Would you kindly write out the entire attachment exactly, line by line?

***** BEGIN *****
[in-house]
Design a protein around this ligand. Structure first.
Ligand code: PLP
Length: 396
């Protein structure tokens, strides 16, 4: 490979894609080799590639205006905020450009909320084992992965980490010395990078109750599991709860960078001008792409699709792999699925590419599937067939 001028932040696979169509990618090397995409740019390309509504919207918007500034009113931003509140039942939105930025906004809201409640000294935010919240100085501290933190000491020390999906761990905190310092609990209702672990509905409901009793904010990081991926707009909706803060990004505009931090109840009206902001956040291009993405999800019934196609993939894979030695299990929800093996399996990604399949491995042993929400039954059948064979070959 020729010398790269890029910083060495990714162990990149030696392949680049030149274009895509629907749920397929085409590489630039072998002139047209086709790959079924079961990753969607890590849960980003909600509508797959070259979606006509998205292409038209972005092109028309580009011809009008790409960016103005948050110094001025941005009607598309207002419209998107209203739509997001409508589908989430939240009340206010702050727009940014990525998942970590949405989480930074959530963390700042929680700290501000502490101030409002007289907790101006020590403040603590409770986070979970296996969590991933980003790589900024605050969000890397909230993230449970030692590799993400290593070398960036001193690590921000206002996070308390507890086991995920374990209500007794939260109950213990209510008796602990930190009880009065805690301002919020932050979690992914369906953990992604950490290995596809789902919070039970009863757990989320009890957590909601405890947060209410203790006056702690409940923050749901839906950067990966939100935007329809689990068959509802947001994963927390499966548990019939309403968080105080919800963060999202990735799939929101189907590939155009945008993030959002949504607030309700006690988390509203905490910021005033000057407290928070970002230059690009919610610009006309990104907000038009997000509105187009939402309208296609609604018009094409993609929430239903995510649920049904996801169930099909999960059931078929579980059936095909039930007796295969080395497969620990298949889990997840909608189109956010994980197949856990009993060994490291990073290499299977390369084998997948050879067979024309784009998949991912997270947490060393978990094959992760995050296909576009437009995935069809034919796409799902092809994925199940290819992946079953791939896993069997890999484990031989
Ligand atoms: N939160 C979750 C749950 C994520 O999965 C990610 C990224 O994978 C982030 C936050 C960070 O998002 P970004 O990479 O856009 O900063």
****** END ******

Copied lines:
[in-house]
Design a protein around this ligand. Structure first.
Ligand code: PLP
Length: 396
């Protein structure tokens, strides 16, 4: 490979894609080799590639205006905020450009909320084992992965980490010395990078109750599991709860960078001008792409699709792999699925590419599937067939 001028932040696979169509990618090397995409740019390309509504919207918007500034009113931003509140039942939105930025906004809201409640000294935010919240100085501290933190000491020390999906761990905190310092609990209702672990509905409901009793904010990081991926707009909706803060990004505009931090109840009206902001956040291009993405999800019934196609993939894979030695299990929800093996399996990604399949491995042993929400039954059948064979070959 020729010398790269890029910083060495990714162990990149030696392949680049030149274009895509629907749920397929085409590489630039072998002139047209086709790959079924079961990753969607890590849960980003909600509508797959070259979606006509998205292409038209972005092109028309580009011809009008790409960016103005948050110094001025941005009607598309207002419209998107209203739509997001409508589908989430939240009340206010702050727009940014990525998942970590949405989480930074959530963390700042929680700290501000502490101030409002007289907790101006020590403040603590409770986070979970296996969590991933980003790589900024605050969000890397909230993230449970030692590799993400290593070398960036001193690590921000206002996070308390507890086991995920374990209500007794939260109950213990209510008796602990930190009880009065805690301002919020932050979690992914369906953990992604950490290995596809789902919070039970009863757990989320009890957590909601405890947060209410203790006056702690409940923050749901839906950067990966939100935007329809689990068959509802947001994963927390499966548990019939309403968080105080919800963060999202990735799939929101189907590939155009945008993030959002949504607030309700006690988390509203905490910021005033000057407290928070970002230059690009919610610009006309990104907000038009997000509105187009939402309208296609609604018009094409993609929430239903995510649920049904996801169930099909999960059931078929579980059936095909039930007796295969080395497969620990298949889990997840909608189109956010994980197949856990009993060994490291990073290499299977390369084998997948050879067979024309784009998949991912997270947490060393978990094959992760995050296909576009437009995935069809034919796409799902092809994925199940290819992946079953791939896993069997890999484990031989
Ligand atoms: N939160 C979750 C749950 C994520 O999965 C990610 C990224 O994978 C982030 C936050 C960070 O998002 P970004 O990479 O856009 O900063």